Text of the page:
As a follow on the post EMR Adoption and Medical Device Connectivity, let’s look at connectivity basics and market requirements. We’ll cover some of the basics here, and explore actual connectivity solutions and the state of the art in subsequent posts.
Medical device connectivity has 3 basic components. At minimum, devices themselves must be able to export data. The next component is some sort of software that converts the device’s communications protocol into something that can talk to the target system (for this post, an EMR). Finally, the target system must have the ability to “talk to” or receive data from external systems.
Most current medical devices, and the vast majority of legacy devices, use a serial port to export data. Newer products typically use USB (universal serial bus) connectors that provide a standardized hardware interface. Older devices use some sort of serial D-connector with various pin-outs (the “pin-out” is the assignment of specific electronic signals to specific conductors or pins in the connector). Unfortunately, the pin-outs on medical devices are highly variable, frequently requiring different versions of cables that must be paired with the different connector pin-outs of devices. In some cases, use of the wrong cable can damage equipment.
The next high level piece of the device/EMR integration puzzle is software that translates data from the device to the EMR. The format of data coming out of medical devices is in a proprietary format, a format that can vary between vendors, between products from the same vendor, and even vary between different versions of the same product. The various device protocols need to be converted to some common format that can then be formatted into a format that can be understood by the EMR. This common format can be a health care specific format like HL7, or a computer industry standard like pdf files, comma delimited files or some flavor of XML. The particular standard is less important that the ability of both the conversion software and what the EMR or target system can understand.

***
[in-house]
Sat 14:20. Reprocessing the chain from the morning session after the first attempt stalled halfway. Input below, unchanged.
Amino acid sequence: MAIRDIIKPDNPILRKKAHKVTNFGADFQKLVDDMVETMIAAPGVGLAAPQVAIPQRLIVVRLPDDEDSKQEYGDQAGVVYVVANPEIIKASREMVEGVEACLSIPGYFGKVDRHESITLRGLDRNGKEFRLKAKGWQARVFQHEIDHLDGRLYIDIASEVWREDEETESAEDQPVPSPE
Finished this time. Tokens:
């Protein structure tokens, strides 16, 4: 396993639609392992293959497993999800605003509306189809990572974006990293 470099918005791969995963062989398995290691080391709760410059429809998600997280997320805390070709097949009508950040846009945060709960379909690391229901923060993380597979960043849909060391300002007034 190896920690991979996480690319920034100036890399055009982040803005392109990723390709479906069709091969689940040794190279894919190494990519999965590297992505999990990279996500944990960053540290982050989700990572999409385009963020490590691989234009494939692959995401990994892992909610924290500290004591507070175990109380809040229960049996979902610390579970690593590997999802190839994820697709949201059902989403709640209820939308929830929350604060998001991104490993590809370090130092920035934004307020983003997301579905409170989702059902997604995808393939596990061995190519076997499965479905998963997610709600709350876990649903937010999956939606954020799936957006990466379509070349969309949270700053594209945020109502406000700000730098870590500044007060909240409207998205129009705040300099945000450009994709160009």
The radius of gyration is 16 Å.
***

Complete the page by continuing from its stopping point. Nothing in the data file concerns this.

Finally, the target system (EMR) must have the ability to receive data from external systems. This ability is usually a software module or option that supports device and other types of interfaces.
So, now we have 3 basic requirements for connectivity: device output, translation software, and the target system’s ability to receive data. We’ll talk about various ways to implement these 3 requirements in following posts.
Market segmentation has a big impact in how this type of connectivity is implemented. Market requirements vary based on the types of target systems and IT resources that are available. Hospitals have extensive IT resources that include programmers and a variety of technicians. Many other health care providers have little or no on-site IT resources, which obviously impacts their ability to implement and support connectivity.
Given the above, the connectivity market can be segmented into two key markets: hospitals who have IT departments, and everyone else who doesn’t. The folks without an IT department include physician practices (except perhaps for the very largest practices), outpatient diagnostic and surgery centers, and some ambulatory clinics. Frequently these segments are called acute and sub acute markets, but other terms are also used.
In house IT departments can obviously provide installation and ongoing support for an interface that is not available in sites without IT resources – this has a big impact on how connectivity is delivered to customer. Subsequent posts will focus on market requirements for each segment separately.